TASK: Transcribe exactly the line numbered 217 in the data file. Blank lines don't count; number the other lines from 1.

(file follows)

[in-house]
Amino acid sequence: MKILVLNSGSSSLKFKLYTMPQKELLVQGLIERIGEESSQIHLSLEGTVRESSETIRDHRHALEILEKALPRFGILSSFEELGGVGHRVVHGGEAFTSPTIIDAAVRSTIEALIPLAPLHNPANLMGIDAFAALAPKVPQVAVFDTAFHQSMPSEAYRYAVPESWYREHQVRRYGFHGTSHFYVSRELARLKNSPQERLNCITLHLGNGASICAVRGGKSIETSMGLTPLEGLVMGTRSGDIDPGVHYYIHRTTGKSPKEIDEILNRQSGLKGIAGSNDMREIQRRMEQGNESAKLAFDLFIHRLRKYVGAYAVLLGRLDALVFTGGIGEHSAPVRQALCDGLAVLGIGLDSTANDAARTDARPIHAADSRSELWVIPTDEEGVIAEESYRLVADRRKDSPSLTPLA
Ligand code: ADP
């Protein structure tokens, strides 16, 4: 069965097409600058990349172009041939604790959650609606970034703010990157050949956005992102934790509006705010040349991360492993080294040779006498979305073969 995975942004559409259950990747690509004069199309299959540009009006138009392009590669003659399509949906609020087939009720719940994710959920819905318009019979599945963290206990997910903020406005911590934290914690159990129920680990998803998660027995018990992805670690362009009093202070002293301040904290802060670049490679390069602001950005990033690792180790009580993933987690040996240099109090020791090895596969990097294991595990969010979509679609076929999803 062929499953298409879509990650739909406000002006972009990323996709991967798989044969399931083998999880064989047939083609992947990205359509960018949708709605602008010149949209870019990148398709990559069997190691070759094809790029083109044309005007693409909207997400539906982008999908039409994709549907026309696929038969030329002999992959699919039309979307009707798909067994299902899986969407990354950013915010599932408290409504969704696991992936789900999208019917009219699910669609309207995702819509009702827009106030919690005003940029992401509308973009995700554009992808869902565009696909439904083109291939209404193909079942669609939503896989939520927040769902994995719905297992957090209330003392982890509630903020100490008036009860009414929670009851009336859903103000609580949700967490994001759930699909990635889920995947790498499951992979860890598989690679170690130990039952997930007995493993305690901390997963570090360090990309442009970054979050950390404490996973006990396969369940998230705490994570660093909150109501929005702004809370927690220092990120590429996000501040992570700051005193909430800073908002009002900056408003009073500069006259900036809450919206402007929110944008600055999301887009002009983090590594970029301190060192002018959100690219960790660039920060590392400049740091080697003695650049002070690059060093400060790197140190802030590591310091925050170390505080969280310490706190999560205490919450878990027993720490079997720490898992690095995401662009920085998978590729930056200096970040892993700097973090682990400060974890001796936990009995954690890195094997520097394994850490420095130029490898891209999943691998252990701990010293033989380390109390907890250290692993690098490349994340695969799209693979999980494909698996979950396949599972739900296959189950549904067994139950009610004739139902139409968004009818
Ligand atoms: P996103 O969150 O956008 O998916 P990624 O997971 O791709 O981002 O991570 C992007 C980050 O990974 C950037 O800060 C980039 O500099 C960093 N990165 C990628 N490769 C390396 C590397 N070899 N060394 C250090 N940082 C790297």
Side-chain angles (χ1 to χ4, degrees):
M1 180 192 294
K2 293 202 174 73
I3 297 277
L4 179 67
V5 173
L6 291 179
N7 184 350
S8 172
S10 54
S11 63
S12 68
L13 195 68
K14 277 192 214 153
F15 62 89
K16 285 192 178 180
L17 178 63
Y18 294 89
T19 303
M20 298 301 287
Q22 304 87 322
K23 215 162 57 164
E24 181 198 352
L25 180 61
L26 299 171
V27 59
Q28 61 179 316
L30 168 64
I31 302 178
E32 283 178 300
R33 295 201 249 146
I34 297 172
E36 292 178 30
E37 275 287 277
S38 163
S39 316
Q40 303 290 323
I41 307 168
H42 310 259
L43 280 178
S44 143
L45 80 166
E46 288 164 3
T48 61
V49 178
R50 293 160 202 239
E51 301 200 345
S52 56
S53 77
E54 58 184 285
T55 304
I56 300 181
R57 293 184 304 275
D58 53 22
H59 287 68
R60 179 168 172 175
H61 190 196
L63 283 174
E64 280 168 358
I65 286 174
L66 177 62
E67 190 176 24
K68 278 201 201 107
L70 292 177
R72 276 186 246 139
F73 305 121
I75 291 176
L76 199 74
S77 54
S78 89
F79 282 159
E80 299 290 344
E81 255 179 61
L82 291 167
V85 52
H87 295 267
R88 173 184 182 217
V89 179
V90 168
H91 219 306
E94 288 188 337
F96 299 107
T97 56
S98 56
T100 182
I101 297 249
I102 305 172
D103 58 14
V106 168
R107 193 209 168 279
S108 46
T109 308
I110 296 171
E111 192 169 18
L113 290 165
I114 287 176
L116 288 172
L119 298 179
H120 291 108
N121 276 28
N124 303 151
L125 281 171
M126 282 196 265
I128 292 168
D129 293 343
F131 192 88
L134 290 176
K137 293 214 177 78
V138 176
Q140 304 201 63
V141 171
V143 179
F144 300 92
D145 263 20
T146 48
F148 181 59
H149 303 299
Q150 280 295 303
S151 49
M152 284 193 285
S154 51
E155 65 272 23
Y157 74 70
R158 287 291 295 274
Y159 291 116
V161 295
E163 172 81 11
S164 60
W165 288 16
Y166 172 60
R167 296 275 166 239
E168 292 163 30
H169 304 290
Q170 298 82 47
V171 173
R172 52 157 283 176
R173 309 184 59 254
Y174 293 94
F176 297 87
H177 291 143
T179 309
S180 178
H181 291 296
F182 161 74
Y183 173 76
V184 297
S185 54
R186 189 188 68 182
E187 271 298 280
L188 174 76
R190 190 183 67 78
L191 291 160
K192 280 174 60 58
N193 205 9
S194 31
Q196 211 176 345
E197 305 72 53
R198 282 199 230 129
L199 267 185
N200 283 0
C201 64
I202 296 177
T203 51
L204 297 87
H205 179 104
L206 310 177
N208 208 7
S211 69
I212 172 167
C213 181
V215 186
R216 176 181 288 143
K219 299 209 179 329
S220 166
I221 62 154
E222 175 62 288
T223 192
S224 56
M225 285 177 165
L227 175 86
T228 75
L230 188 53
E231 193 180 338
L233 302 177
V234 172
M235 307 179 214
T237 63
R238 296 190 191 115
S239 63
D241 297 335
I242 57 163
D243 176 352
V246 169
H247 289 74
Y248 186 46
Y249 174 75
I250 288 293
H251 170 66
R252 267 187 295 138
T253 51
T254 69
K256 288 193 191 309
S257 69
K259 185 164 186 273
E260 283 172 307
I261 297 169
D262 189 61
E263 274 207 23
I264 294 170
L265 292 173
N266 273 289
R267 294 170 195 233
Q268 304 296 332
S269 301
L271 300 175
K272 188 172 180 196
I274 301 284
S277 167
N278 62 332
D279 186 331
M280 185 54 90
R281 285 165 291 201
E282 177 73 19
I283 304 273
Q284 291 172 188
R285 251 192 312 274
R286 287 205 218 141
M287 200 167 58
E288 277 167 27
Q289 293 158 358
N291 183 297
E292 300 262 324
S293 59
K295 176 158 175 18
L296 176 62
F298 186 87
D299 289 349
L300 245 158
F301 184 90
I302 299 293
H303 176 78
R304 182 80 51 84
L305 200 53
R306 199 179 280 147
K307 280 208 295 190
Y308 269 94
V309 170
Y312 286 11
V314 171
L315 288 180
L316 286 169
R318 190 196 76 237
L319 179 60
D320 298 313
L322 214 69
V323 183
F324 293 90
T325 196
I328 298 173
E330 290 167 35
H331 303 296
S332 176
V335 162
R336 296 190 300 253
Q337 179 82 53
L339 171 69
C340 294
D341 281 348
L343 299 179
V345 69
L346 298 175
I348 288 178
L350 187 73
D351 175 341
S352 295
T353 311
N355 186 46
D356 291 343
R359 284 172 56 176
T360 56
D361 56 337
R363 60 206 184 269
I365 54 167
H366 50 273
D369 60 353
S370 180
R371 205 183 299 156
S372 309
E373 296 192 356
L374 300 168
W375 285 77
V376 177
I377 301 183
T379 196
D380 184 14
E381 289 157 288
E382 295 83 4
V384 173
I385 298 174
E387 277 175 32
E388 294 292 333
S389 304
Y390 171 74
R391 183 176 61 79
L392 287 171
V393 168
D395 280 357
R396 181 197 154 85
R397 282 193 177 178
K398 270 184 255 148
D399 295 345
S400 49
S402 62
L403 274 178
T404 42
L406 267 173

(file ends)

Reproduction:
R267 294 170 195 233